INCREASED pension activity and a solid start to annuity business helped Aegon UK produce record first-half sales, reports the Scotsman.
The paper says the Edinburgh-based division, which uses the consumer brand Scottish Equitable, saw new business in the six months to 30 June leap to £499m on an annual premium equivalent basis, up 55% from £321m in the year-earlier period, boosted by the overhaul of the pension system in Britain.
New business in the second quarter was up 59% to £282m, making it a record quarter for new business volumes.
The value of new business, which reflects margins, rose 61% to £53m, as a rise in demand for less lucrative individual pensions was offset by cost controls and strong protection insurance.
Aegon UK chief executive Otto Thoresen told The Scotsman:
"The increase in the value of new business demonstrates the new business we are writing and the growth we are achieving is associated with strong profitable growth."
Aegon, which bought Scottish Equitable in 1994, employs about 4,000 in Britain, of whom 3,000 are based in Edinburgh.
"A-Day" - when the pension reforms came into force - brought a 139% increase in self-invested personal pensions new business to £71m in the first half.
On the non-pension side, protection business increased by 58 per cent to £22m, while Aegon UK's annuity business, which it launched late last year, continued to build momentum, rising to £22m in the second quarter, up 27% from the previous three months.
"We have a strong share of the annuity market, which we intend to develop with more product innovation over the next six to 12 months," said Thoresen. "It has been good progress, but there is more to come."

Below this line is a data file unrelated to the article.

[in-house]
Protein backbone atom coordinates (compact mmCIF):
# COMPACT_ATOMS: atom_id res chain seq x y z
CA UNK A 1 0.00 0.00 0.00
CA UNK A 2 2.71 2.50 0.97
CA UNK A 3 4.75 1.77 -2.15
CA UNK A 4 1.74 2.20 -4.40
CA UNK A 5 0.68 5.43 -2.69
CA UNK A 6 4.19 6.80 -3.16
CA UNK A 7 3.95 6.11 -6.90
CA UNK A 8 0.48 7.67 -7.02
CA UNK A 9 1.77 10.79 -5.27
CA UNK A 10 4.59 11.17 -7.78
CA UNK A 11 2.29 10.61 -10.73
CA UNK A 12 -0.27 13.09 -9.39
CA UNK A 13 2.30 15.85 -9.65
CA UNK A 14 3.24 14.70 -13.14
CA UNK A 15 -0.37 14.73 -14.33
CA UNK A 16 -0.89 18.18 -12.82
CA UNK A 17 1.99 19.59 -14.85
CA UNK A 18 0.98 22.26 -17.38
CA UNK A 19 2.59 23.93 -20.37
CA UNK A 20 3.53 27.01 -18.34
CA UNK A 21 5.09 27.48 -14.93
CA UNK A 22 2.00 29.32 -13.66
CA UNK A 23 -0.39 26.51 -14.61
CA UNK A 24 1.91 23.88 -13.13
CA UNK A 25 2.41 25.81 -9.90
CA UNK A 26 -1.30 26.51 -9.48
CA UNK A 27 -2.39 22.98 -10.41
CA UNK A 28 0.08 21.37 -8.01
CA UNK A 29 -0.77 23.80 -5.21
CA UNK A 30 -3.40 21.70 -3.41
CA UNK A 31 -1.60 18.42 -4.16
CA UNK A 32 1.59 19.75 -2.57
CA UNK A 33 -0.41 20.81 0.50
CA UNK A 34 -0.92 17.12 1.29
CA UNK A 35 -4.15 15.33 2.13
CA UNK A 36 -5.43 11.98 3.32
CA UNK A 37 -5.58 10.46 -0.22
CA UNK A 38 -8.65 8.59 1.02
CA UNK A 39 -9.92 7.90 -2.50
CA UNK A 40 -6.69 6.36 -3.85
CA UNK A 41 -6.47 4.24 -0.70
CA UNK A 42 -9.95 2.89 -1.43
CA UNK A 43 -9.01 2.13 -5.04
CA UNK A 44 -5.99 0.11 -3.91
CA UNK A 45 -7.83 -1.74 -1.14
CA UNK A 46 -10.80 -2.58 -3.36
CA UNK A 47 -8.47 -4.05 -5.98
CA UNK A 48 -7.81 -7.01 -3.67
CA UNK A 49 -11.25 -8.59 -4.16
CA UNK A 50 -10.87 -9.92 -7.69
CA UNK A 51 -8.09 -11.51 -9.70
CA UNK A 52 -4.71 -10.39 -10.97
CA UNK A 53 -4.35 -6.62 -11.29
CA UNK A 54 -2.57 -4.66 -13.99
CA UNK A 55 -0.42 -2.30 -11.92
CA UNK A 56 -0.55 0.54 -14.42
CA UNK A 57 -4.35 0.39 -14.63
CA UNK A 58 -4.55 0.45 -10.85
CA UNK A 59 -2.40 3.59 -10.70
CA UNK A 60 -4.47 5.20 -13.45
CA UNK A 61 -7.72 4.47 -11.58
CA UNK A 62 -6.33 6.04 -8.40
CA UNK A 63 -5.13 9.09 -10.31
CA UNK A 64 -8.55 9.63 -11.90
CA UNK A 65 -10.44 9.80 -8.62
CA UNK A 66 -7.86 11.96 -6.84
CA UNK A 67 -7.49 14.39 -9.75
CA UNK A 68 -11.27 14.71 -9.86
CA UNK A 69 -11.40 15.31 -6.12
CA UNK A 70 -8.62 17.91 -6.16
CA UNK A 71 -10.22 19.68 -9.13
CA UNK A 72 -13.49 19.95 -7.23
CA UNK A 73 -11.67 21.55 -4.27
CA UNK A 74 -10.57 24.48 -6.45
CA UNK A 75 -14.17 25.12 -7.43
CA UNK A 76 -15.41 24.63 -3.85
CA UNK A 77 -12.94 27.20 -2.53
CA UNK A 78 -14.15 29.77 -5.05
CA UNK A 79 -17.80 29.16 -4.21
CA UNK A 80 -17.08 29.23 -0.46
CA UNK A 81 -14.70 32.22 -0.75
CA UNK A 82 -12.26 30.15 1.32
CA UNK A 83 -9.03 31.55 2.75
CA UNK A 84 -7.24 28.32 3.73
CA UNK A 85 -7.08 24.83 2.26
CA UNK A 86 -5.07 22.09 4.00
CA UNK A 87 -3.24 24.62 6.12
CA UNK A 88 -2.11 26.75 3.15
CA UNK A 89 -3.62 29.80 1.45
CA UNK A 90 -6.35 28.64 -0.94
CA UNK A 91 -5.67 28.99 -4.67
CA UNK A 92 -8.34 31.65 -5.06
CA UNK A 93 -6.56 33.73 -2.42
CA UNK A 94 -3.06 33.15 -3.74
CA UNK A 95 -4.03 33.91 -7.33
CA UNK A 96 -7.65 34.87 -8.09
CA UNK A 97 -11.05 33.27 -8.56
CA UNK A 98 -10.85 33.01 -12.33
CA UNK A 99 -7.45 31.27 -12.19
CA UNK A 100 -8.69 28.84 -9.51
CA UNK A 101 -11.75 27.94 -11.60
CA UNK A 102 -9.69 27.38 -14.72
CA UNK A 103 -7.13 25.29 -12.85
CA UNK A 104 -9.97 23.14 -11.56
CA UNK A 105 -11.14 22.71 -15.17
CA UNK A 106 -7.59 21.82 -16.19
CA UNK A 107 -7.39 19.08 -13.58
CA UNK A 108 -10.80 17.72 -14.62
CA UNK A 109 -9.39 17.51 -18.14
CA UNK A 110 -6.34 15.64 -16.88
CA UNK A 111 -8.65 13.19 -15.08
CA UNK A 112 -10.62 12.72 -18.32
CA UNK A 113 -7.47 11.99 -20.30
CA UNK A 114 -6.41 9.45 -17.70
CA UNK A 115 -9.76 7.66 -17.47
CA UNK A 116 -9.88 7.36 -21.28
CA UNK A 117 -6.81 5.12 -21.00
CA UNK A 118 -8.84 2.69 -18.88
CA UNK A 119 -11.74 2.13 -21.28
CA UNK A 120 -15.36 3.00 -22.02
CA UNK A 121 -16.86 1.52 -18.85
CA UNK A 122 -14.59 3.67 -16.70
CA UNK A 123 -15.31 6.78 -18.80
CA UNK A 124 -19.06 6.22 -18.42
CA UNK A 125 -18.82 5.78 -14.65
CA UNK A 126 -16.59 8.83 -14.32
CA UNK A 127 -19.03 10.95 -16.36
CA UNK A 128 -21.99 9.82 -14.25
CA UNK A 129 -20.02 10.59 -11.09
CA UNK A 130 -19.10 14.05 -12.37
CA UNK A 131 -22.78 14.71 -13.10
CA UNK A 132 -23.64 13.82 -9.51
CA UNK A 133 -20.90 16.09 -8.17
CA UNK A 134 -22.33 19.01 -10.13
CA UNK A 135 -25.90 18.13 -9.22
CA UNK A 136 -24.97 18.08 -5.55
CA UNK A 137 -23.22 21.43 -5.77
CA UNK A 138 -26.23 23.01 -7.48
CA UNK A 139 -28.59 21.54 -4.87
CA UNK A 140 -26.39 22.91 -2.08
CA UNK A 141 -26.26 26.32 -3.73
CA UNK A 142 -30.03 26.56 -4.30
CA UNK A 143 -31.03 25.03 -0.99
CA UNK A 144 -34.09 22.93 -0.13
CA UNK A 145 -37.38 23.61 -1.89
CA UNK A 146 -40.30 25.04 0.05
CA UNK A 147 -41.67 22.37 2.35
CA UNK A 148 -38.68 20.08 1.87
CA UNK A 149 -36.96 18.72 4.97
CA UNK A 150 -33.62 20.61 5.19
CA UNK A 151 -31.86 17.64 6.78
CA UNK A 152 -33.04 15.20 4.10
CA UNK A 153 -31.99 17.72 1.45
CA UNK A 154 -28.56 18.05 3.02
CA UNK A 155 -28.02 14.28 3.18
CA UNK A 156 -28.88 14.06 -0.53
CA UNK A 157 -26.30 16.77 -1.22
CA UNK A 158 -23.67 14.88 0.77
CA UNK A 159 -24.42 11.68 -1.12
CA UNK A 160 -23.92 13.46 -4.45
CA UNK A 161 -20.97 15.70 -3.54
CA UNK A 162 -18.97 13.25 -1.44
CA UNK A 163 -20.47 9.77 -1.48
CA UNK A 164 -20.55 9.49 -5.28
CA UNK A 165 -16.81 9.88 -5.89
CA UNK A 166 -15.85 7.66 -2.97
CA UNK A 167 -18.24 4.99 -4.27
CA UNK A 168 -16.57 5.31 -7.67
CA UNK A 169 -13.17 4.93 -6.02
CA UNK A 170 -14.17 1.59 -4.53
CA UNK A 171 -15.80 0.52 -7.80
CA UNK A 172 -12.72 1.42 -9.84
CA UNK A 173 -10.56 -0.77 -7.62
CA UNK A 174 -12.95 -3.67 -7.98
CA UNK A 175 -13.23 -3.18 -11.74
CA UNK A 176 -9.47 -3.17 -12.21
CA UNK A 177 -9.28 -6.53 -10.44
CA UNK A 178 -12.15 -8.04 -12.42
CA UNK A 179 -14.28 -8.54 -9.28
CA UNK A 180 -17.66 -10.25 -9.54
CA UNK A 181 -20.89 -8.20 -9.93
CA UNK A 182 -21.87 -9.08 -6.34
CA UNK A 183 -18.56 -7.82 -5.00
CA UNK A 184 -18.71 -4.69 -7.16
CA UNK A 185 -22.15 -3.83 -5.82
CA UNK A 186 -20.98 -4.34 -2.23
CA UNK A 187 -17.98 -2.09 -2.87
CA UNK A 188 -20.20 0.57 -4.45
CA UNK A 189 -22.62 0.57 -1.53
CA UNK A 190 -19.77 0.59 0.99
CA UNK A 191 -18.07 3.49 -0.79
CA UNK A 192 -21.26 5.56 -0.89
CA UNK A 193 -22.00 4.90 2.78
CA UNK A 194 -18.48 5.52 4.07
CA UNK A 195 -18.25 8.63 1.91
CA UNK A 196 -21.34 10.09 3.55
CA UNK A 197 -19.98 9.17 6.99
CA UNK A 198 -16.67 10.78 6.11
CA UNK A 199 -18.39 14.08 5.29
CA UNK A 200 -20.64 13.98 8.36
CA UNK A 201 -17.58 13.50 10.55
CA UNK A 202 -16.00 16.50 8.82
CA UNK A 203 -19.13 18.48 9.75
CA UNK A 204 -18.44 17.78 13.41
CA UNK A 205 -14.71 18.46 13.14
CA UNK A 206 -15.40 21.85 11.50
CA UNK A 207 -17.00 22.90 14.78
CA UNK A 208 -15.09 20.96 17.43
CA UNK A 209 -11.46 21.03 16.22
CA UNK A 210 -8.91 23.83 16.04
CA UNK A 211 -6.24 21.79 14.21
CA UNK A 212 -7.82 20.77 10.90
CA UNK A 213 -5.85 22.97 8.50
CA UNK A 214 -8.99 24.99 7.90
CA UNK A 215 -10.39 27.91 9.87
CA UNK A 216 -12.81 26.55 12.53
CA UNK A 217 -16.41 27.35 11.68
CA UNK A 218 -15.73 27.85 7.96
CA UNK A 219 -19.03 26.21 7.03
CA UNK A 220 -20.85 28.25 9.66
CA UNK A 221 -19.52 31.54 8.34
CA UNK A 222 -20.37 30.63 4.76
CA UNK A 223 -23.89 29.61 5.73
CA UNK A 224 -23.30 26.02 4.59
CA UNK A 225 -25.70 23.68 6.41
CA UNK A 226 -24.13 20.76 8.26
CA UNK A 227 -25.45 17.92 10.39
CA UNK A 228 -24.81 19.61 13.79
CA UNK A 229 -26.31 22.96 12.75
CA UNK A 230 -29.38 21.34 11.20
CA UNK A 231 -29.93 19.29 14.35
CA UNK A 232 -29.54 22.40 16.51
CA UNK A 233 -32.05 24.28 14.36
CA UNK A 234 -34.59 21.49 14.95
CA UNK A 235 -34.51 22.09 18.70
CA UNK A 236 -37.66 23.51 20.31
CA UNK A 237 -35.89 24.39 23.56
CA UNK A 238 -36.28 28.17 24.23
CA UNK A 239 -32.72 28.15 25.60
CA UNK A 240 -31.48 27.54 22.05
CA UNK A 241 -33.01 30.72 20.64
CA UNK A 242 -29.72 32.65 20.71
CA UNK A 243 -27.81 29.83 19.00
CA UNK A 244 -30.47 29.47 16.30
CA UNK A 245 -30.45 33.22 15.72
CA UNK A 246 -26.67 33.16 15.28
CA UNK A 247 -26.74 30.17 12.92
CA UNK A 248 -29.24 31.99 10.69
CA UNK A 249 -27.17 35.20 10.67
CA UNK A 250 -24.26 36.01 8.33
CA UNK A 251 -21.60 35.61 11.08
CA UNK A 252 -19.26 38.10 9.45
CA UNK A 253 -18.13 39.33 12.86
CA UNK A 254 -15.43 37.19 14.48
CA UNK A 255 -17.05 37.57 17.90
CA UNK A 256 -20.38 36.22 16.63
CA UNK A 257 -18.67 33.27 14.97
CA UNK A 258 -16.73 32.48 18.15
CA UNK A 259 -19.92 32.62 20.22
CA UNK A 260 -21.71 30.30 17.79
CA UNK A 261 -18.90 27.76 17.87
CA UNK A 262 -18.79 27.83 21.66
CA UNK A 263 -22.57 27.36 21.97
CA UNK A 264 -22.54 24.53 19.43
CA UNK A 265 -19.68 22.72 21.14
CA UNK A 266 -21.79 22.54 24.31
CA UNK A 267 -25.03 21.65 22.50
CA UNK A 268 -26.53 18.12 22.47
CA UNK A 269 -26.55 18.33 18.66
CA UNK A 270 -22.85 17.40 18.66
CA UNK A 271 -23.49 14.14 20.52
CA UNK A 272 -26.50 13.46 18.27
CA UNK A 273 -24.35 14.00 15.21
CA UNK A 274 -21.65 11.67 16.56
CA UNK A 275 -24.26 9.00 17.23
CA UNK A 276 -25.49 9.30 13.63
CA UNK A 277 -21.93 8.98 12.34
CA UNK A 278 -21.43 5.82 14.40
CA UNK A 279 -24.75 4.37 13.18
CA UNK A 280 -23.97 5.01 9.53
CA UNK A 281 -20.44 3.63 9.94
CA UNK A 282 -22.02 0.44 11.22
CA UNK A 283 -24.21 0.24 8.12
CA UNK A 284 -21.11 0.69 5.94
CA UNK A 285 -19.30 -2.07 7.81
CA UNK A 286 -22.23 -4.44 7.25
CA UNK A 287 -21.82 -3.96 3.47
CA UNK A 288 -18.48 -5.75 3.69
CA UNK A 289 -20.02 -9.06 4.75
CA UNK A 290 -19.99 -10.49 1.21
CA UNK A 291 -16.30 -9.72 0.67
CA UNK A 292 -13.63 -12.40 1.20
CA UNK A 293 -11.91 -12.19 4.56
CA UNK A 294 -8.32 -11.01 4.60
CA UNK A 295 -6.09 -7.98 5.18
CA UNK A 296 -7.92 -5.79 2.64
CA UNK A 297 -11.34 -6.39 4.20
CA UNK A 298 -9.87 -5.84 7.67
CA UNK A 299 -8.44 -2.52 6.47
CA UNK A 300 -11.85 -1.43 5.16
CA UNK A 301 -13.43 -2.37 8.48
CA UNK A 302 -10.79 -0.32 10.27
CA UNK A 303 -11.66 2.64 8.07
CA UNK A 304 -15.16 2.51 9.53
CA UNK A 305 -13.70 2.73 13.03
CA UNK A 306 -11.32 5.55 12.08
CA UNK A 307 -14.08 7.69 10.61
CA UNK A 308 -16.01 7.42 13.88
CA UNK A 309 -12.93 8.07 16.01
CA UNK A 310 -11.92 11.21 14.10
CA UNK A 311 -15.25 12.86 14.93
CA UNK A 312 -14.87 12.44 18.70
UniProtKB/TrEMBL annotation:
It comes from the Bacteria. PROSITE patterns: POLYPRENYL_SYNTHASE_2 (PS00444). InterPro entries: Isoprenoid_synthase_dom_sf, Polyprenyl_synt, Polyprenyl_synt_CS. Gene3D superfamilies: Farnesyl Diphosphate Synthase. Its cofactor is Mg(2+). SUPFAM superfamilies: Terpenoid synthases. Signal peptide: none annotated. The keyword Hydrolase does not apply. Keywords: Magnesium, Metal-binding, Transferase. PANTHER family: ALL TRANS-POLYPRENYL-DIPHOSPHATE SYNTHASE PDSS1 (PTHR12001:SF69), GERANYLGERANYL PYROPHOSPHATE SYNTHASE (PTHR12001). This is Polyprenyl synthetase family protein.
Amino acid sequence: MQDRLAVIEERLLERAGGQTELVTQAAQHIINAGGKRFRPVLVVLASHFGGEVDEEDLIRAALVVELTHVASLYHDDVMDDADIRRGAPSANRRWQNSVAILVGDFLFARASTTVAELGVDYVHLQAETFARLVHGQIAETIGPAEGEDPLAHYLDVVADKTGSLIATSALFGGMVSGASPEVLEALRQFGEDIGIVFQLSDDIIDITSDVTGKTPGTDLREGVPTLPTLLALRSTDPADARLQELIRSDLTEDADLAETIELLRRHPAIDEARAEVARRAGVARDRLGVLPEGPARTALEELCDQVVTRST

It was a similar success story in the asset management division, with retail new business up 80% to £223m. This reflected the outstanding performance of the company's fixed income team, although Thoresen admitted the performance of equities needed to improve.
"The introduction of Andrew Fleming to run the asset management division in October 2005 has started to produce results," he said. "He has brought in significant experience to help the equity managers and has identified the areas he knows he will have to strengthen."
Thoresen acknowledged the unprecedented activity in the pensions market caused by A-Day would "slow somewhat", but said there was still restructuring work to be done for pension clients.
"We will still see heightened levels of activity for the rest of the year," he said.
MEANWHILE INSURER Old Mutual reported an 8% increase in worldwide life sales to £802m over the first half and said its Skandia acquisition had beaten expectations, reporst the Guardian.
It says unit trust and mutual fund sales rose 72% to £4.1bn. Old Mutual bought Swedish-based Skandia for £6.8bn this year in a move which reduced its dependence on South Africa.More than 60% of group sales now come from Europe. Chief executive Jim Sutcliffe said good progress had been made in all markets. The US business is "on track" and its retail savings operations in South Africa are seeing increased sales volumes again.IFAonline
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